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Brexit and ecommerce and the future DSM: what could it mean for you?

Mark Webber
The conventional wisdom said it couldn't happen - but it happened; we have a referendum vote for the UK to leave the EU. The current political fallout introduces uncertainty. The likely state of future law has come into focus. In the online and ecommerce space however, we perhaps have more answers than you first think. In the famous words of once United States Secretary of Defense Donald Rumsfeld, there are some known knowns; but also some known unknowns!

The conventional wisdom said it couldn't happen - but it happened; we have a vote for the UK to leave the EU.  The current political fallout introduces uncertainty.  This moment is proving a major shock to the experiment of globalization and Brexit raises many questions about the UK's future legal system if and when the UK leaves the EU.  The likely state of future law has come into focus.  In the online and ecommerce space however, we perhaps have more answers than you first think.  In the famous words of once United States Secretary of Defense Donald Rumsfeld, there are some known knowns; but also some known unknowns.


There are known knowns: 


It will take the UK at least two years to negotiate its exit from the European Union.  This isn’t going to be an overnight process and, during this interim period at least, the UK's laws will remain fully subject to EU laws.  Therefore, for at least two years from the UK notifying the EU of its planned exit, EU law will apply in the UK and nothing changes.  In other words, the UK will continue to be subject to the same online and internet legal framework for the immediate future, and at least 2 and likely more years.  This could be viewed as the "long term" given the pace of Internet innovation.


What's more, the Consumer Rights Act 2015 which enshrines UK consumers rights under digital contracts was "home grown" in the UK and has nothing to do with EU rules.  Those rules can't change even upon a Brexit so we know consumers rights in respect of faulty goods, services or digital content shouldn't change and the basic consumer contractual fairness principles in that Act will also survive.  Further, if you make an misleading claim online you're accountable to the UK's Advertising Standards Agency and an area of precedent ASA findings untouched by EU laws.  Even the UK's Trading Standards authority and Competition and Markets Authority are UK regulatory bodies and have clear UK only enforcement roles.  Even if the UK were to exit tomorrow none of these known regimes change (unless the UK independently makes changes in order to accommodate other legal rationalisation).


So there are things we know: 


As the EU has identified, despite some harmonization successes, "barriers between EU Member States still remain".  Many of these barriers result from differences between national legal systems.  Whilst the EU has been interested in harmonizing Member States' national laws of contract the proposed Common European Sales Law (CESL) has not progressed over the course of more than 10 years.  Throughout the EU there is no harmonization of contract law principles today.  The laws determining the formation of a contract, misrepresentation, entire agreement, interpretation and the majority of remedies for breach of contract are all determined by the law of each Member State.  Such English and Welsh and Scottish contract law principles will remain.  The contractual fundamentals underpinning online contracts don't originate from the EU and have evolved domestically for years in each Member State.  Language and accessibility aside, this is why we wrestle with the issue of creating a "one-size-fits-all" EU contract today.  Legally it can't be done.  A risk-based approach may achieved something near-compliant (and this will remain the case post-Brexit).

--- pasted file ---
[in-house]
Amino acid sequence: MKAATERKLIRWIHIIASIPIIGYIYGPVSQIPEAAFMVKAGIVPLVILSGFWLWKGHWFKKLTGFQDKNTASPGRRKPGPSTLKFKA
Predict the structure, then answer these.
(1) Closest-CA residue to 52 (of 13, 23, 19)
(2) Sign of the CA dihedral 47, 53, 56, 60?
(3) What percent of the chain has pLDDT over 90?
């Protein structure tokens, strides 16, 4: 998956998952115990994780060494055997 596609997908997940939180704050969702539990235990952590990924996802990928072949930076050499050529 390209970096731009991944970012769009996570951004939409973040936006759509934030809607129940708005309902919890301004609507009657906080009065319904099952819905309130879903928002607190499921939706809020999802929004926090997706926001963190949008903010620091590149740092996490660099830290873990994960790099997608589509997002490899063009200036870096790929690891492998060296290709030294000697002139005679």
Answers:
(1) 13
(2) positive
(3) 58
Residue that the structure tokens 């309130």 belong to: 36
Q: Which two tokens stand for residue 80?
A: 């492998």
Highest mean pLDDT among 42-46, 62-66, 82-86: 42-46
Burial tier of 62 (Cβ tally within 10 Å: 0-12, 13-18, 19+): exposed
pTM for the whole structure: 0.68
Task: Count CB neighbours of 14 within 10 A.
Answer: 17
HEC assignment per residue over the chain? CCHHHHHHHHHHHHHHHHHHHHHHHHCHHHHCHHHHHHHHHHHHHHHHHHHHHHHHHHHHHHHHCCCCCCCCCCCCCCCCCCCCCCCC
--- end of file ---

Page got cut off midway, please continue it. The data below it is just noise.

We also know there are known unknowns: 


Some of EU's online laws were handed down as Directives (think the Ecommerce Directive introducing "intermediary liability principles", the e-Privacy Directive giving e-marketing and cookie consent rules and the Consumer Rights Directive with its harmonized right of return and obligations to provide certain contractual information pre-contract).  These Directives instructed the UK to implement its own laws in accordance with certain principles in the Directive.  Once implemented, the UK and UK Regulators follow and apply the UK laws and the UK courts would hold anyone violating these laws to the UK implementation of such laws. Therefore, while many online and digital laws are baked into UK law they've been transposed into national law in the UK under powers granted by Section 2(2) of the European Communities Act 1972 ("ECA"). 


If and when the UK leaves the EU, we don't yet know what will happen to the ECA.  Currently many believe the UK would repeal it.   With no ECA, the UK would no longer be compelled to follow EU law.  It's likely the UK Regulations that implement Directives under the ECA prior to the repeal of the ECA would stay in place.  If so, all the above online rules emanating from Directives would survive.  Any future EU Directives following the date of repeal would not be followed (unless the UK so elected).  Not all "regulations" are equivalent: EU Regulations (as opposed to UK domestic Regulations) would no longer continue to have direct effect and would no longer be law in the UK.  So for example, it would no longer be necessary for a UK online provider to reference on their websites an electronic link to the ODR platform (for that rule emanates from an EU Regulation (the Consumer ODR Regulation)).  If the ECA goes, Europe's new data privacy laws under the GDPR would not be binding in the UK (for more on these consequences see our sister blog).